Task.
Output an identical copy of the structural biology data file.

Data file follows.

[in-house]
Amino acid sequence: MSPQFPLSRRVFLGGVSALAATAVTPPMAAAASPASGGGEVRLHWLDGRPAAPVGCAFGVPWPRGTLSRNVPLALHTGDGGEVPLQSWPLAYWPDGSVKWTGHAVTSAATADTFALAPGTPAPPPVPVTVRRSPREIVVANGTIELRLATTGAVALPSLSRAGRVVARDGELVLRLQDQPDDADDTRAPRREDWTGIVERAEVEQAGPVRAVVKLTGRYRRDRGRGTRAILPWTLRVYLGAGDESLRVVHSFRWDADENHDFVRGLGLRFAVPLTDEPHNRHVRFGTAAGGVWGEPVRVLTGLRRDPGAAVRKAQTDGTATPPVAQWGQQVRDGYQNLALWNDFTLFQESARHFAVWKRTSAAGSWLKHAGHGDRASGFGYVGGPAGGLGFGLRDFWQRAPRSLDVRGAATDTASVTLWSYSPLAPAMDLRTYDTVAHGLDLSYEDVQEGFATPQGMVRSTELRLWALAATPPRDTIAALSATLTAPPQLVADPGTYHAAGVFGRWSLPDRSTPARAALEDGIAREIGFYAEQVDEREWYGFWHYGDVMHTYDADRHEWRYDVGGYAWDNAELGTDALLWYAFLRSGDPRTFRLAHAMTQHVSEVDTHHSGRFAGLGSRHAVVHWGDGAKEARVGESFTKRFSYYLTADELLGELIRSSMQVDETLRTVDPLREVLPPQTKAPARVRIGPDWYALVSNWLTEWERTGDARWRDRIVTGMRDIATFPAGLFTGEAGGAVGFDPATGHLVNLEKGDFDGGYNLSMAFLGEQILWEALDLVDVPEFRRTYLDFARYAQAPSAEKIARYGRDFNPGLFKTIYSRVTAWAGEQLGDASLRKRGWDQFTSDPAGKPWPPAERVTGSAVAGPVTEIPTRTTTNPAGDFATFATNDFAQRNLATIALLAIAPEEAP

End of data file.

[in-house]
Amino acid sequence: MSPQFPLSRRVFLGGVSALAATAVTPPMAAAASPASGGGEVRLHWLDGRPAAPVGCAFGVPWPRGTLSRNVPLALHTGDGGEVPLQSWPLAYWPDGSVKWTGHAVTSAATADTFALAPGTPAPPPVPVTVRRSPREIVVANGTIELRLATTGAVALPSLSRAGRVVARDGELVLRLQDQPDDADDTRAPRREDWTGIVERAEVEQAGPVRAVVKLTGRYRRDRGRGTRAILPWTLRVYLGAGDESLRVVHSFRWDADENHDFVRGLGLRFAVPLTDEPHNRHVRFGTAAGGVWGEPVRVLTGLRRDPGAAVRKAQTDGTATPPVAQWGQQVRDGYQNLALWNDFTLFQESARHFAVWKRTSAAGSWLKHAGHGDRASGFGYVGGPAGGLGFGLRDFWQRAPRSLDVRGAATDTASVTLWSYSPLAPAMDLRTYDTVAHGLDLSYEDVQEGFATPQGMVRSTELRLWALAATPPRDTIAALSATLTAPPQLVADPGTYHAAGVFGRWSLPDRSTPARAALEDGIAREIGFYAEQVDEREWYGFWHYGDVMHTYDADRHEWRYDVGGYAWDNAELGTDALLWYAFLRSGDPRTFRLAHAMTQHVSEVDTHHSGRFAGLGSRHAVVHWGDGAKEARVGESFTKRFSYYLTADELLGELIRSSMQVDETLRTVDPLREVLPPQTKAPARVRIGPDWYALVSNWLTEWERTGDARWRDRIVTGMRDIATFPAGLFTGEAGGAVGFDPATGHLVNLEKGDFDGGYNLSMAFLGEQILWEALDLVDVPEFRRTYLDFARYAQAPSAEKIARYGRDFNPGLFKTIYSRVTAWAGEQLGDASLRKRGWDQFTSDPAGKPWPPAERVTGSAVAGPVTEIPTRTTTNPAGDFATFATNDFAQRNLATIALLAIAPEEAP